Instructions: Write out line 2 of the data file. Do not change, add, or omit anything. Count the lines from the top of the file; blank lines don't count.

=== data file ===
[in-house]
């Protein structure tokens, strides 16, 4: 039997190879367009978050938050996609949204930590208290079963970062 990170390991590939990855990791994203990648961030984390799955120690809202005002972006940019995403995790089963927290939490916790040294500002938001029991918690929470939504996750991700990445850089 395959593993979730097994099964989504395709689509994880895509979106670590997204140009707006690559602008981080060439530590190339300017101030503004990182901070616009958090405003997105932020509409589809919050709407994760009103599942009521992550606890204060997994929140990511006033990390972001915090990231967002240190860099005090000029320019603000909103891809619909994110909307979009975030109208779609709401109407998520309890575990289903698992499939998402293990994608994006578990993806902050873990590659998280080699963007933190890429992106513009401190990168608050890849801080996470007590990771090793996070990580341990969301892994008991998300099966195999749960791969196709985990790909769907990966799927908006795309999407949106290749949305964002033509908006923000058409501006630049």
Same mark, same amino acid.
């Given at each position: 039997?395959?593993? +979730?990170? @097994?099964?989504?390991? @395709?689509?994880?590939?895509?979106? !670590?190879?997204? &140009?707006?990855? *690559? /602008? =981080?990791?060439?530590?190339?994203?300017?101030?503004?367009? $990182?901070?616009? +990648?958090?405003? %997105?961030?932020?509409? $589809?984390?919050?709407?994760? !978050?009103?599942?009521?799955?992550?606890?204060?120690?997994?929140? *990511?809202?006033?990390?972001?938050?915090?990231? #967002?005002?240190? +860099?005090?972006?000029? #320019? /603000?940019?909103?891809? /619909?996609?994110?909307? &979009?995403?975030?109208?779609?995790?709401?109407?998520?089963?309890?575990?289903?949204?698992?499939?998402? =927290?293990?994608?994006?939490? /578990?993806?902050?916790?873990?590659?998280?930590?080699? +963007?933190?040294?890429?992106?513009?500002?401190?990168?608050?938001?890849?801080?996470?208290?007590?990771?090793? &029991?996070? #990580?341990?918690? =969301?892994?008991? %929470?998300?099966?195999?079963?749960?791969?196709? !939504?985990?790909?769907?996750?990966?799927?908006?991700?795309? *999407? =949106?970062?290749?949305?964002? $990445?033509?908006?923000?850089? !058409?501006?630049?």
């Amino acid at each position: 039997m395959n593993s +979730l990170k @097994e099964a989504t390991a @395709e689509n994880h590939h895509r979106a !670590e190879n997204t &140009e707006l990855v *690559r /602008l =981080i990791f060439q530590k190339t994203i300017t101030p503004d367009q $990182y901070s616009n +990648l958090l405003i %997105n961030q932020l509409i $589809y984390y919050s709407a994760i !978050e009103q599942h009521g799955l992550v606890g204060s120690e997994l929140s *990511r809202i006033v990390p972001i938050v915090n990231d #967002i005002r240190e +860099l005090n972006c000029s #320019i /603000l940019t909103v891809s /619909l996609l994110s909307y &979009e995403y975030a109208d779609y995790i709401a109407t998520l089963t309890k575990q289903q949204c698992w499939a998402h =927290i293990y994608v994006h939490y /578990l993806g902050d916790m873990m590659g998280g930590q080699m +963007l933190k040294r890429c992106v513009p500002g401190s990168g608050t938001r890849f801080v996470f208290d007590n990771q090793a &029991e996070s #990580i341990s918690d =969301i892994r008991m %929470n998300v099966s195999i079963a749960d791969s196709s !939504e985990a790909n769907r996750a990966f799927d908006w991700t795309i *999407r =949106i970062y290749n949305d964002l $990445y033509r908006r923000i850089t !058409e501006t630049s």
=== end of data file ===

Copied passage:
């Protein structure tokens, strides 16, 4: 039997190879367009978050938050996609949204930590208290079963970062 990170390991590939990855990791994203990648961030984390799955120690809202005002972006940019995403995790089963927290939490916790040294500002938001029991918690929470939504996750991700990445850089 395959593993979730097994099964989504395709689509994880895509979106670590997204140009707006690559602008981080060439530590190339300017101030503004990182901070616009958090405003997105932020509409589809919050709407994760009103599942009521992550606890204060997994929140990511006033990390972001915090990231967002240190860099005090000029320019603000909103891809619909994110909307979009975030109208779609709401109407998520309890575990289903698992499939998402293990994608994006578990993806902050873990590659998280080699963007933190890429992106513009401190990168608050890849801080996470007590990771090793996070990580341990969301892994008991998300099966195999749960791969196709985990790909769907990966799927908006795309999407949106290749949305964002033509908006923000058409501006630049």